Security services? It looks like everyone that was selling servers, chips, and other hardware is now self-marginalizing to selling security software.
It’s fairly evident that Intel won’t be able to halt the power glide fast enough. Short Intel.
Here’s the closing paragraphs of my weekly update at GigaOM Research. I started by looking at recent news about Zygna, Accenture, and Intel, who are all being whipsawed by the shift away from the PC and the rise of proximal devices (smartphones, tablets, and other ‘mobile’ devices). I finish with Microsoft:
Last fall, Microsoft CEO, Steve Ballmer, outlined his new vision for Microsoft in a letter to shareholders, and rumor has it that this week he will be announcing a major reorganization of the company to try to make that vision a reality. Bottom line: I think much of that reorganization will fail because he is still gambling on Windows and Surface to break through, and they won’t.
But what might emerge from the ashes of that house on fire could be a credible player in the very different world of enterprise IT coming down the pike. Let me characterize it:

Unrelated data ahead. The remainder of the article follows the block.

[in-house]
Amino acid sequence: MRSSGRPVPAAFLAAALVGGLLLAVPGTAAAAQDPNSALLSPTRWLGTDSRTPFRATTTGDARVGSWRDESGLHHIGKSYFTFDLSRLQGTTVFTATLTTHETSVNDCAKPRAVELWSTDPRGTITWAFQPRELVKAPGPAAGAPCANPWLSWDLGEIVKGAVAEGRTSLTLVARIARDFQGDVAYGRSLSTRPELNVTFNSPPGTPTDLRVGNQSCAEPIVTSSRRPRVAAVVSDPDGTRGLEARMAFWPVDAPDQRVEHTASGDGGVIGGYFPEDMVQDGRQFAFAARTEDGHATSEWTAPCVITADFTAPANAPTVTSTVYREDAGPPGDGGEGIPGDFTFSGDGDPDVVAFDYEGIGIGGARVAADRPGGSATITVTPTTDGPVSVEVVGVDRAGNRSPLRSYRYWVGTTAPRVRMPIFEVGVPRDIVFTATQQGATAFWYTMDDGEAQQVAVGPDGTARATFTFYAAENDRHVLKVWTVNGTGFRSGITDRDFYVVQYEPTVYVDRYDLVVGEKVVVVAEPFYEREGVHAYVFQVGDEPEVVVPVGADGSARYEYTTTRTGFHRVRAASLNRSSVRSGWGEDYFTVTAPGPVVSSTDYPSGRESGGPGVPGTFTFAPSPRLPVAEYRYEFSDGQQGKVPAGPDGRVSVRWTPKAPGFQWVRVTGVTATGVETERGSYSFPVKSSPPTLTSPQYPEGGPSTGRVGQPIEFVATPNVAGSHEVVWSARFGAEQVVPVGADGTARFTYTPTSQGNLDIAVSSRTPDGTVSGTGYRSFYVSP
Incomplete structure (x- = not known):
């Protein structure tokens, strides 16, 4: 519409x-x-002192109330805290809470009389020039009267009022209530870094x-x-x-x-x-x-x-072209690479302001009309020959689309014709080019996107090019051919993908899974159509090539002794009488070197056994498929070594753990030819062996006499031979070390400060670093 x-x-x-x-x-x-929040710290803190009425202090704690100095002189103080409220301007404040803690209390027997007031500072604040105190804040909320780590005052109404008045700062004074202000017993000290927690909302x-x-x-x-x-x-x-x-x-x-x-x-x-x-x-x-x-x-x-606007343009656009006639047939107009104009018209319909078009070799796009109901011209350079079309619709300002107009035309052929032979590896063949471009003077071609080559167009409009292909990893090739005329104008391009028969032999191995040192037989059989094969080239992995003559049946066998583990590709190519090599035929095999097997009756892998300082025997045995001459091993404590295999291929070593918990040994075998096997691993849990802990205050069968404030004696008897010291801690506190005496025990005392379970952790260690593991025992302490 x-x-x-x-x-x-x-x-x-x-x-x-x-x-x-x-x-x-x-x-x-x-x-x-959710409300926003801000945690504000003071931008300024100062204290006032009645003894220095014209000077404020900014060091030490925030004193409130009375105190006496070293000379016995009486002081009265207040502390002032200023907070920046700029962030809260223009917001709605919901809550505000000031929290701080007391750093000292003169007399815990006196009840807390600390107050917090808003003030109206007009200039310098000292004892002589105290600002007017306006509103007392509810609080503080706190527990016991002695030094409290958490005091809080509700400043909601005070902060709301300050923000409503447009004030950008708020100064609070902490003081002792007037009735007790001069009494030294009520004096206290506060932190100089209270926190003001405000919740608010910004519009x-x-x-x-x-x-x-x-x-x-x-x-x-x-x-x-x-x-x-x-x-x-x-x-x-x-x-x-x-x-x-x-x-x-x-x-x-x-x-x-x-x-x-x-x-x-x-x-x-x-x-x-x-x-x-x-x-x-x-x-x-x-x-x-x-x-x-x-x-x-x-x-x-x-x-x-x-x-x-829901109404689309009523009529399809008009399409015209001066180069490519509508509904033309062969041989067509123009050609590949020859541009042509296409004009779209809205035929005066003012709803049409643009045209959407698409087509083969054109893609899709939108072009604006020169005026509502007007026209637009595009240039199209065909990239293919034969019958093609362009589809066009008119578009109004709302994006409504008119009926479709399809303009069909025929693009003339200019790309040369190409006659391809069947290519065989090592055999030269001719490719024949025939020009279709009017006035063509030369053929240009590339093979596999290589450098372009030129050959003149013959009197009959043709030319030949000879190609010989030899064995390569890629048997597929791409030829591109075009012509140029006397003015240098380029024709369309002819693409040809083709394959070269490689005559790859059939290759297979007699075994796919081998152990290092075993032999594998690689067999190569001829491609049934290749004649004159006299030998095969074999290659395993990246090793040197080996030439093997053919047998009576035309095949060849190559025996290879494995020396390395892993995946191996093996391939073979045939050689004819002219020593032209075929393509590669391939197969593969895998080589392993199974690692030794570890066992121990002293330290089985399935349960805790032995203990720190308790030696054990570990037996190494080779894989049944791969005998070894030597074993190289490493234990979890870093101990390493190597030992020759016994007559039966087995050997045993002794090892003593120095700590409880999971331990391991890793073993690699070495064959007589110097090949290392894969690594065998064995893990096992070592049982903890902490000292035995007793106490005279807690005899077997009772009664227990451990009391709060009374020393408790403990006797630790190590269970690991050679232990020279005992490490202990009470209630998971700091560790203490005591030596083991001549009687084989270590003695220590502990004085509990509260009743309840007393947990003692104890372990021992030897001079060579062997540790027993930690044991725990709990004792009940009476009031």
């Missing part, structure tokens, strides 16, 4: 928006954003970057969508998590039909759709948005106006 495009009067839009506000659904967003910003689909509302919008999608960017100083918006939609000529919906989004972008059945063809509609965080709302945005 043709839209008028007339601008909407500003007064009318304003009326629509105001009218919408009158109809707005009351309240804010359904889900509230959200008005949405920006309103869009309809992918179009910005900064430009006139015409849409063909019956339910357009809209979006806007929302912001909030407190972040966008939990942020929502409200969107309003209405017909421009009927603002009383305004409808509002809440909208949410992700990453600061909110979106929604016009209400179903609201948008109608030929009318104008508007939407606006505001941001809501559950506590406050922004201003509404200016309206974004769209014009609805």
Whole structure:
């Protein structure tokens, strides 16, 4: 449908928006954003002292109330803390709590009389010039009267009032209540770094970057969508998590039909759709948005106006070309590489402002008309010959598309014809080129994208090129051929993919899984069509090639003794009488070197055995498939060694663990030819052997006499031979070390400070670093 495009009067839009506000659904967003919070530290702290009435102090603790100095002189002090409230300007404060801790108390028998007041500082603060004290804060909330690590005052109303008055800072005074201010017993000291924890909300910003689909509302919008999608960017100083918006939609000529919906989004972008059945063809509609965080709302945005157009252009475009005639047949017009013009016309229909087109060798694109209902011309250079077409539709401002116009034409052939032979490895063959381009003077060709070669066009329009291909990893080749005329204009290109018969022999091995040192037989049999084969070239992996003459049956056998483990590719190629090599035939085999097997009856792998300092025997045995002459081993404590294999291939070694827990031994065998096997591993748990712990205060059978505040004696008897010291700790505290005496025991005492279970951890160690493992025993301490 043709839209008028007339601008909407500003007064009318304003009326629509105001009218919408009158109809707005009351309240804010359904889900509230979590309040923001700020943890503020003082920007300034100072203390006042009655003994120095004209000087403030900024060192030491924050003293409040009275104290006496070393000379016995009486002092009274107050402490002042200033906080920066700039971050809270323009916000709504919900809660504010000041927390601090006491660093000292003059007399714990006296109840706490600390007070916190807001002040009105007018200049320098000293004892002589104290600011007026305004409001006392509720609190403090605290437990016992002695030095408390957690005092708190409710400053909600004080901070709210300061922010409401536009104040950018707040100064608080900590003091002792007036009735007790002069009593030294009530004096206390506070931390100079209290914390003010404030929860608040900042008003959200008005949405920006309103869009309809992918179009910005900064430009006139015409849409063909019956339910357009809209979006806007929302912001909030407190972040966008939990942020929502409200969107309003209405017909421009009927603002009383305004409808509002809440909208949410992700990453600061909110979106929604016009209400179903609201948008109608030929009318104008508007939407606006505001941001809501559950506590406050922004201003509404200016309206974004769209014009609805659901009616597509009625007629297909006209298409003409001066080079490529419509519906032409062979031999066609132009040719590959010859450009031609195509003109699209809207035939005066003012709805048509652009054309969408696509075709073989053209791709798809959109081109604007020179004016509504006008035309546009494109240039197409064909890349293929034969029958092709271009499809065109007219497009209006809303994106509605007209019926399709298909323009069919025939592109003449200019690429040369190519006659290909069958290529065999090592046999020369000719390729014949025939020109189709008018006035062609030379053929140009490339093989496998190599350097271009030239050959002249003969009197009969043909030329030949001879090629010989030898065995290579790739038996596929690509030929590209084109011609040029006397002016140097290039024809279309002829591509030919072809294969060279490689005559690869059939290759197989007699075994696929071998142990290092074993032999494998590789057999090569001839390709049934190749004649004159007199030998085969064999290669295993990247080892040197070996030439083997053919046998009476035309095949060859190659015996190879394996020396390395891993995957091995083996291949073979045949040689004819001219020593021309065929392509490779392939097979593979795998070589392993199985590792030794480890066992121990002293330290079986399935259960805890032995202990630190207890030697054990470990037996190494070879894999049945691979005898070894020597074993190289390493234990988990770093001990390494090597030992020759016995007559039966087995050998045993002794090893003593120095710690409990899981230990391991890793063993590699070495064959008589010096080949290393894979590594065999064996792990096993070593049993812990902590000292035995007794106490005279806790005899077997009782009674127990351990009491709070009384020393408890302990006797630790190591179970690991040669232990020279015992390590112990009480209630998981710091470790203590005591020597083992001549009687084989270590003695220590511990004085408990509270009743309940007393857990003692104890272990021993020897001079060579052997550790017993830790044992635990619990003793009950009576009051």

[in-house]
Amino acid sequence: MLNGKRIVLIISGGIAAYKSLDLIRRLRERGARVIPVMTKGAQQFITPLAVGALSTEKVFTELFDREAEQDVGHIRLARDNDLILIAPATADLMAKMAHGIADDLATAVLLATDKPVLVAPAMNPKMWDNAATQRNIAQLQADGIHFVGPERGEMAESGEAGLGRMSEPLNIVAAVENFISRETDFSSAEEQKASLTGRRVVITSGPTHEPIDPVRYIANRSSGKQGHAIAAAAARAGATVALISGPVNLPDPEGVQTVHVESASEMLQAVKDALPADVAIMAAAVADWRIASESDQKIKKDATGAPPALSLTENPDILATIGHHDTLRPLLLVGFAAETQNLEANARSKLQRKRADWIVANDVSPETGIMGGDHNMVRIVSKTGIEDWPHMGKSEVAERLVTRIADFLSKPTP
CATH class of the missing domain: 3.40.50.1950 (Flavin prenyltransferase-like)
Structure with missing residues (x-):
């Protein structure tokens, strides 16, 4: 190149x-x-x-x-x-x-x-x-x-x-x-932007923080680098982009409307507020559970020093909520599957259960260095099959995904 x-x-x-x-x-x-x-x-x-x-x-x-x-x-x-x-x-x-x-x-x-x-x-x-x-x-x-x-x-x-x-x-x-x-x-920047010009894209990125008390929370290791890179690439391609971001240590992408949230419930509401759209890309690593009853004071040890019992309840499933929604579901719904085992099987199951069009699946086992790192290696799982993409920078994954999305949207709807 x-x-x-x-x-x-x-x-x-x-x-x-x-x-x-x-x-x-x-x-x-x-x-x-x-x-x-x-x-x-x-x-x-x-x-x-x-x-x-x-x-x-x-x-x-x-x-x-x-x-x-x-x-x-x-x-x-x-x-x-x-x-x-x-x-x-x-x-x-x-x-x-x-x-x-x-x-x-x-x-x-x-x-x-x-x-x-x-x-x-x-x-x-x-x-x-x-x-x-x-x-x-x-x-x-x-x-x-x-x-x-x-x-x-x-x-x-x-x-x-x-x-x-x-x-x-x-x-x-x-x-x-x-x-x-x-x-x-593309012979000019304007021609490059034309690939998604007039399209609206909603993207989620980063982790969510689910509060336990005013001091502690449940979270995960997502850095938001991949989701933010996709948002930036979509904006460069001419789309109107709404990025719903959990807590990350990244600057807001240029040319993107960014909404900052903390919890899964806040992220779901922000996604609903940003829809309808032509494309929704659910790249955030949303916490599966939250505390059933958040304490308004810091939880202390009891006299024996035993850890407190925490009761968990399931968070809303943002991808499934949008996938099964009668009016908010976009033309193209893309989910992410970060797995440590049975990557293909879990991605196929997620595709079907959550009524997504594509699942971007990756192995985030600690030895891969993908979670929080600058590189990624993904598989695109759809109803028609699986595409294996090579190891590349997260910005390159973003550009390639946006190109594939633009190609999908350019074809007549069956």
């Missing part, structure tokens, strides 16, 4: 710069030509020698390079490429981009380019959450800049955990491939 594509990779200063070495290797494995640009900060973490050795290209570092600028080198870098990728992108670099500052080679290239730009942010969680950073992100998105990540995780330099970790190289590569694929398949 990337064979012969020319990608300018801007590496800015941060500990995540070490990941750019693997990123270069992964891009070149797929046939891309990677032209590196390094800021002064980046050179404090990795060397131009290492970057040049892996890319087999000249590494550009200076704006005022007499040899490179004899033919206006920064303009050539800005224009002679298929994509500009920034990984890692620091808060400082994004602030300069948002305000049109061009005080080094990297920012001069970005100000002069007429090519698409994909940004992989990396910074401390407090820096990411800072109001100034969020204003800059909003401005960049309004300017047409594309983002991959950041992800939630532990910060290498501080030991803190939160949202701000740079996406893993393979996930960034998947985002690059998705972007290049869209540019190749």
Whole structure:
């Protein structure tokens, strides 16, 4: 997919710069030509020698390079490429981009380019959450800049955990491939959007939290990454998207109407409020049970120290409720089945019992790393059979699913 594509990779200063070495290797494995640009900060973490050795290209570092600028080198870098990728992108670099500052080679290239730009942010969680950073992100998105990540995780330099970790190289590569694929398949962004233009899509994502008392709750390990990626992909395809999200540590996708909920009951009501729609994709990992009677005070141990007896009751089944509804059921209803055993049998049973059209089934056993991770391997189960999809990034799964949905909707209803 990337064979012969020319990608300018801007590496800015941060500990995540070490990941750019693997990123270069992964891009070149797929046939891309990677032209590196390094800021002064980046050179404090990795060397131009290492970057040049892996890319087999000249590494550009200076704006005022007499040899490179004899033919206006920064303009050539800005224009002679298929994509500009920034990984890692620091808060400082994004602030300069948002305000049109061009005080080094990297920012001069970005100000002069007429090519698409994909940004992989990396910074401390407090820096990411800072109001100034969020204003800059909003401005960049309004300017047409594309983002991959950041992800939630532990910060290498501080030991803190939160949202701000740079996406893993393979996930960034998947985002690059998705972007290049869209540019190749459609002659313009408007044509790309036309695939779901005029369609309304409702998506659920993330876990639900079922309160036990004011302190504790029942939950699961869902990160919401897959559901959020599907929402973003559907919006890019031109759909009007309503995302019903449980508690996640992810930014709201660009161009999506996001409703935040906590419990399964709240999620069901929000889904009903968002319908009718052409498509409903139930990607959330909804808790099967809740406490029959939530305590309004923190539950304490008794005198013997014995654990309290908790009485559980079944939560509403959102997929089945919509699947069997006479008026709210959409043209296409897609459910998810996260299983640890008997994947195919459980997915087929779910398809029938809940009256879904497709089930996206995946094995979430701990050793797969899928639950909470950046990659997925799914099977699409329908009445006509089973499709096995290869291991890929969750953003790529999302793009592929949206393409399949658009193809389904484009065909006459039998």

100% Cloud — We are continuing to hear reasons why companies cannot move everything into the cloud, but in the final analysis they are quibbles disguised as prudence. Ultimately, anything that can be done on premise will be possible in the cloud, with the exception of physical on-site security (which is like pretending that your money is safer in the cookie jar under your bed than in a bank).
100% Proximal — There will be functionally zero stationary computing devices in just a few years, and people will be always on, wherever they are.
100% IT-less — The downturn in Accenture’s fortunes is the start of a collapse in enterprise IT consulting, and that will rapidly cascade across the industry. Why? The use of cloud-based enterprise software and proximal hardware cuts a huge hole out of the middle of what those consultants configure for their clients. Note that this won’t stop with outsourced IT staff: it means the end of IT internally, too. (Yes, companies will still own computing devices — on the factory floor, and in the hands of retail clerks. But increasingly they will be communicating with back office software running in the cloud.)